Fences can be a great way to give yourself some boundaries, but sometimes they can look a bit…tacky.
Thankfully, there are people like Anne Eunson, who want to add some beauty wherever they go.
Anne Eunson is a Shetland-based lace knitter. Anne Eunson grew up in Shetland and has been knitting her whole life.
In high school, she took on the project of knitting her first hap shawl. She designed it herself and knit it from yarn she spun herself. She has since spun and knit several of these shawls – each of them taking months to years to complete. Anne does not write down her patterns. Her shawls are done from memory and use traditional lace designs.
Anne loves lace knitting, and how better to express that affection than by completely wrapping one’s garden up in Shetland lace? The fence is fashioned from strong black twine (the same kind that is used to make fishing nets) and Anne knitted it up on specially adapted curtain poles. It took her about three weeks to knit enough lace to surround her front garden, using a 23 stitch repeat of a familiar Shetland lace pattern.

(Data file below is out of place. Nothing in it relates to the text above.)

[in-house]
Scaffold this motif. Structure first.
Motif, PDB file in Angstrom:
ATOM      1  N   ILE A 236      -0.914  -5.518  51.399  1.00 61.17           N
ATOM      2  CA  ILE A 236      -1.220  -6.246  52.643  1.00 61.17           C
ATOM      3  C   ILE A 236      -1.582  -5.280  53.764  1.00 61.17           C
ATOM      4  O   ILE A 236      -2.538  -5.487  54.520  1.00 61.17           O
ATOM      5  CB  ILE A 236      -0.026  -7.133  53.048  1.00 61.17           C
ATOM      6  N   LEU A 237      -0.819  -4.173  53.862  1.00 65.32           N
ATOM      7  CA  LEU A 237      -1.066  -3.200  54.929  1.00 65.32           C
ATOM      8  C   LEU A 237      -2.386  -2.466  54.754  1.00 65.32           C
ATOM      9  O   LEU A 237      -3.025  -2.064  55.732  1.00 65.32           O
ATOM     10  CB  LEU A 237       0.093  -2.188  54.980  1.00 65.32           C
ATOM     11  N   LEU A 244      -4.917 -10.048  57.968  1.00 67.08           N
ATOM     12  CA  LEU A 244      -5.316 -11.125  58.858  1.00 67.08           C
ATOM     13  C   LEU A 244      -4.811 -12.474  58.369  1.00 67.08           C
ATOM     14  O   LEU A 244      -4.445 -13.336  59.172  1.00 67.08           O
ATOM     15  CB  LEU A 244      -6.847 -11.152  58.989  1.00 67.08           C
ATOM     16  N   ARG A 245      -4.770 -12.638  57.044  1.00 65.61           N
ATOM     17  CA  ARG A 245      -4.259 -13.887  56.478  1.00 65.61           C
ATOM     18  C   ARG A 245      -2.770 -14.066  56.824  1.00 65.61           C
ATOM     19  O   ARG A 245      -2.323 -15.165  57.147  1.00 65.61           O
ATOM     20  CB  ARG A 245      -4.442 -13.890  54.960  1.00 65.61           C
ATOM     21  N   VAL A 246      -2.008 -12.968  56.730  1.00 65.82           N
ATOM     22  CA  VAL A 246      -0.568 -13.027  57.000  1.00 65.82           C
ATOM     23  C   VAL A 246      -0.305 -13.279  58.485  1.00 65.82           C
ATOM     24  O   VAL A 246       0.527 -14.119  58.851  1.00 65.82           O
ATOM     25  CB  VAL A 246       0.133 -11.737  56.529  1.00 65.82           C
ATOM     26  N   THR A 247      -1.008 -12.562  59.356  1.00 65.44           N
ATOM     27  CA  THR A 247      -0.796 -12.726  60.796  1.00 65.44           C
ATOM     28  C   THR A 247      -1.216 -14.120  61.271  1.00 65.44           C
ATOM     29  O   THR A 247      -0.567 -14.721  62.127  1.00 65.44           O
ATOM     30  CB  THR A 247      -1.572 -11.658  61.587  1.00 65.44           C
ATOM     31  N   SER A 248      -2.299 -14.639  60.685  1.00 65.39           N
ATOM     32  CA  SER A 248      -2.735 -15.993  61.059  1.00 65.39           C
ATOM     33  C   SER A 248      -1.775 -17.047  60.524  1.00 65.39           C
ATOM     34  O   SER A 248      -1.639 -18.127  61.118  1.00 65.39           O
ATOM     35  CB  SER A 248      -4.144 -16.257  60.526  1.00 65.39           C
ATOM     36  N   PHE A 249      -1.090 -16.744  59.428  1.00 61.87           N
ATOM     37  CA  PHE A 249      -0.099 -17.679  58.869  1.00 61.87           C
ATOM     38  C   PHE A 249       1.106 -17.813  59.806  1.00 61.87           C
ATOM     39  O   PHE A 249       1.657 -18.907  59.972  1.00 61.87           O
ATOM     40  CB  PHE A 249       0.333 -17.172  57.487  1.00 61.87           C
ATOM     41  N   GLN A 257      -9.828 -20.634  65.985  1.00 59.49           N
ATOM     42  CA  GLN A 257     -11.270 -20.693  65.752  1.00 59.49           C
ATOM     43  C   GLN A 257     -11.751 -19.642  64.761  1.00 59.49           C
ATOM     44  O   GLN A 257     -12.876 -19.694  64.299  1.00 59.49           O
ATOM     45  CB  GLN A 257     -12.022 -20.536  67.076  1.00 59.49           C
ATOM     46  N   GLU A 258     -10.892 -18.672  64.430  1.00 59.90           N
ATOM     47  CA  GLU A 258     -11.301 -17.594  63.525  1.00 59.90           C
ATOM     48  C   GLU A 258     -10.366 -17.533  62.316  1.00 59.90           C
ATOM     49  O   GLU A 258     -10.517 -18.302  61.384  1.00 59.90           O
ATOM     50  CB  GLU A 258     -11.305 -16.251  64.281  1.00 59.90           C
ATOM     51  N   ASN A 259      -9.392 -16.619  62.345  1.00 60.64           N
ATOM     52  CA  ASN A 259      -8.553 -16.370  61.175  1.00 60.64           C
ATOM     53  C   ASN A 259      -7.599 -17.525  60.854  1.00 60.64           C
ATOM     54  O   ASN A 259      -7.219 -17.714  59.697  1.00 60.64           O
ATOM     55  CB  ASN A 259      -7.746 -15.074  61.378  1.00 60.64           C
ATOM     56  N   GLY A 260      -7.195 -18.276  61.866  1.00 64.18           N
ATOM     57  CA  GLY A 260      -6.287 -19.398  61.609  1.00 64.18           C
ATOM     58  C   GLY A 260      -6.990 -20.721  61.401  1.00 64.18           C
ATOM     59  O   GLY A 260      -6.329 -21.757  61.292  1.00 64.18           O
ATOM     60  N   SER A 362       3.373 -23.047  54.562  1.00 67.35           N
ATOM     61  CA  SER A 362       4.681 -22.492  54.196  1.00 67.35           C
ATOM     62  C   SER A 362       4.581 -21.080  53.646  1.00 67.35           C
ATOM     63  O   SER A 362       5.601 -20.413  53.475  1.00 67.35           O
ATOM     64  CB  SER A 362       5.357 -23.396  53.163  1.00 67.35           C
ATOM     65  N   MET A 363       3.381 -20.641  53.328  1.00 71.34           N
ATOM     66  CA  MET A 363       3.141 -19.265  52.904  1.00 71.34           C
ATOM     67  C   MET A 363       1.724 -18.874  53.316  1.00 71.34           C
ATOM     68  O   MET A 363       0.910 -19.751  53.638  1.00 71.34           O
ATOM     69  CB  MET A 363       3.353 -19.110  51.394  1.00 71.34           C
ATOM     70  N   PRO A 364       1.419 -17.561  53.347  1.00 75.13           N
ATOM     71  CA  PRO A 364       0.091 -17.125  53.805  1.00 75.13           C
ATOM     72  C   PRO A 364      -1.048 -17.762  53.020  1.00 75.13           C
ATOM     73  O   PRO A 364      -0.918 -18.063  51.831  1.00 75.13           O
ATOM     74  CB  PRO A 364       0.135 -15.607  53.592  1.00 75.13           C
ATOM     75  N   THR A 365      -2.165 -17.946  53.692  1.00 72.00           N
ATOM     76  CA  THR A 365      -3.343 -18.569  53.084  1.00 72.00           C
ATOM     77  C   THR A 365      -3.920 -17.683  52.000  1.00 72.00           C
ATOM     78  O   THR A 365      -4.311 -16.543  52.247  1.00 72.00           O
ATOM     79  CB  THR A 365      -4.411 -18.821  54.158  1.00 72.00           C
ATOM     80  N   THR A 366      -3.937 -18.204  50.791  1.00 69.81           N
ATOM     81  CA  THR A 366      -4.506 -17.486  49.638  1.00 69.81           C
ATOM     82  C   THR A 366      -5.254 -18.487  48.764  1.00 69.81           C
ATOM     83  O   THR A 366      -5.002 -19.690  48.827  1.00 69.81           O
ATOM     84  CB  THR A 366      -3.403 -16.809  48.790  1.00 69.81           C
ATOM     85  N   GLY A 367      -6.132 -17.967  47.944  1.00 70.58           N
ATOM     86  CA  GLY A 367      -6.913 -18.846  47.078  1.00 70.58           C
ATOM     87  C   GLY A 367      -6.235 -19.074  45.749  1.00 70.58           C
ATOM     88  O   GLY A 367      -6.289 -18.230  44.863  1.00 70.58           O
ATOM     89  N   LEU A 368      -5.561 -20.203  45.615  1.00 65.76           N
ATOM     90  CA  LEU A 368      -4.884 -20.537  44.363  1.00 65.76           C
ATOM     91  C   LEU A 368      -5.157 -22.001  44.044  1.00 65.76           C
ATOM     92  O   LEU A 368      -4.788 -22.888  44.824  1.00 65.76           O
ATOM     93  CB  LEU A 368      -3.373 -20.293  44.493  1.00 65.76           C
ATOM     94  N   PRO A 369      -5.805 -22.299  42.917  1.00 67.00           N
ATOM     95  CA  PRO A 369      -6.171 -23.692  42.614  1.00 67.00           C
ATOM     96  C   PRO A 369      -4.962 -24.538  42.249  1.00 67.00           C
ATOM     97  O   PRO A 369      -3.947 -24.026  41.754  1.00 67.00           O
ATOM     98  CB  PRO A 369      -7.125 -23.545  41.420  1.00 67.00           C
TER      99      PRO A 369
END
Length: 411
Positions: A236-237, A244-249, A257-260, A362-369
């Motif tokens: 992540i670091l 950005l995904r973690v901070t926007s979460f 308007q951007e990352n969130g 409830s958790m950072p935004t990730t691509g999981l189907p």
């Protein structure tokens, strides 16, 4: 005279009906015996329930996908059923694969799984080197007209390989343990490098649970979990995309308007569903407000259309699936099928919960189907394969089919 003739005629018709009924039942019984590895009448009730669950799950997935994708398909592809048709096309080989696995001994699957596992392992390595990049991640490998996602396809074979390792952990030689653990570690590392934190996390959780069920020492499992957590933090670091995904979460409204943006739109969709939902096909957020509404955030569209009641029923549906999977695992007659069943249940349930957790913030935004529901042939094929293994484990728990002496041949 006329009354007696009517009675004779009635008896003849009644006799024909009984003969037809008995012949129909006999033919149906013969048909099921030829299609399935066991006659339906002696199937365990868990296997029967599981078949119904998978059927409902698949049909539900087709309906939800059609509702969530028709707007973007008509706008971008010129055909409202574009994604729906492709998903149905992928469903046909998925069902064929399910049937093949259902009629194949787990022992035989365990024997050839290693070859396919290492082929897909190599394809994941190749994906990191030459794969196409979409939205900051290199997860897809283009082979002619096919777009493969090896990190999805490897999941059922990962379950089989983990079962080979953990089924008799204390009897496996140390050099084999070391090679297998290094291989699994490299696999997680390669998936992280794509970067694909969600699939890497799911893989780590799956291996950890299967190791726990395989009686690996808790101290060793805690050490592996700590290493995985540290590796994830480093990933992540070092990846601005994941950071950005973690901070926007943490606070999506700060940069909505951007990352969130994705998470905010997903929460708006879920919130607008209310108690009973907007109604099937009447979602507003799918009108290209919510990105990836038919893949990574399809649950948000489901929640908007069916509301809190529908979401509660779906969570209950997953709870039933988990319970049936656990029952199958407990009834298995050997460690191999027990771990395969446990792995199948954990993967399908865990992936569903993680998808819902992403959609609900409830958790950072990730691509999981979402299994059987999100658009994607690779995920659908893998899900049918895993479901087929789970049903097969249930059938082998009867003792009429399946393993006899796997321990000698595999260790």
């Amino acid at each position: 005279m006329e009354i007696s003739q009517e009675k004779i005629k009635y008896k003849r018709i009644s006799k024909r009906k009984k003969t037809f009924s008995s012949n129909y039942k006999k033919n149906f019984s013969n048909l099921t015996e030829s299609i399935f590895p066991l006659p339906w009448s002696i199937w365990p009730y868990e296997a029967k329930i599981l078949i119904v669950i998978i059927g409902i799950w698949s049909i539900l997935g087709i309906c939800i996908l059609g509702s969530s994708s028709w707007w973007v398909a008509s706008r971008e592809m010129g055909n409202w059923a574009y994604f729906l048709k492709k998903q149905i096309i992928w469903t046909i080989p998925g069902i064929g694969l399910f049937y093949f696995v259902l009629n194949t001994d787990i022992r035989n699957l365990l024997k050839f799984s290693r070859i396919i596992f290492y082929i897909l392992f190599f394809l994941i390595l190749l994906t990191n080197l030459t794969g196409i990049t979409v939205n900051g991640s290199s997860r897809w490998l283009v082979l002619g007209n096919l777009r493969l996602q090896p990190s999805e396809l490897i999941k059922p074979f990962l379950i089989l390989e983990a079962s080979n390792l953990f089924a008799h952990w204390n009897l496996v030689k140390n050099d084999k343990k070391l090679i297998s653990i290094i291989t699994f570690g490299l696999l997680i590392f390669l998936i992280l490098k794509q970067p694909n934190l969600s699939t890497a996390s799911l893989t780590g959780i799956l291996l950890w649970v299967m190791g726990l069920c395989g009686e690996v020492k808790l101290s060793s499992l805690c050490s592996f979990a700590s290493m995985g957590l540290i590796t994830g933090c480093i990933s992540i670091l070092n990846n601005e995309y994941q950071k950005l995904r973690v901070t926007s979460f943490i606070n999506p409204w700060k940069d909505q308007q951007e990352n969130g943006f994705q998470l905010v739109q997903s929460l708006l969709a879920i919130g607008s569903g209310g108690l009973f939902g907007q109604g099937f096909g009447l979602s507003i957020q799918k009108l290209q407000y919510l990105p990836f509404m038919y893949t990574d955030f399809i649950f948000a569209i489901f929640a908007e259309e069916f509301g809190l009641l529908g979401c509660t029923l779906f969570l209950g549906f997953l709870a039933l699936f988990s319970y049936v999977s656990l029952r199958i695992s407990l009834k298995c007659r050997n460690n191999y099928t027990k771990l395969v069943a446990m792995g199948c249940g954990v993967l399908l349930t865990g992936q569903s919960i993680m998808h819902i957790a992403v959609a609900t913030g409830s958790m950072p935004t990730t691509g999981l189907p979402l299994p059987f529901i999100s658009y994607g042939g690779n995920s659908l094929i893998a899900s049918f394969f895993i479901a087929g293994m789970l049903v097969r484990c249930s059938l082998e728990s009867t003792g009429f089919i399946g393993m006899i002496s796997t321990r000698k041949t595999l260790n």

It kills me how the pattern is revealed so strongly, as if it were stretched around the garden on gigantic blocking wires. I gasped when I saw it and really think it is just about the most beautiful fence I’ve ever seen.
At first, when I heard about this story and magnificent creation, I thought “a knit fence won’t work at all.” But now I see it is made with sturdy wire and completed in a way that will surely work as a great fence.
You can see that the flowers and bushes love the fence too! They grow through, and with, the fence to incorporate themselves into this myriad of beauty.
To me, it looks like her garden is wearing a traditional shawl made of love. There’s not much more you could do to this to make it more beautiful. Imagine going for a stroll through the neighborhood and stumbling across this as you walk by: a stunning fence that looks like it’s landed straight out of a fairy tale!
Can someone show me how to knit my own garden fence? Please?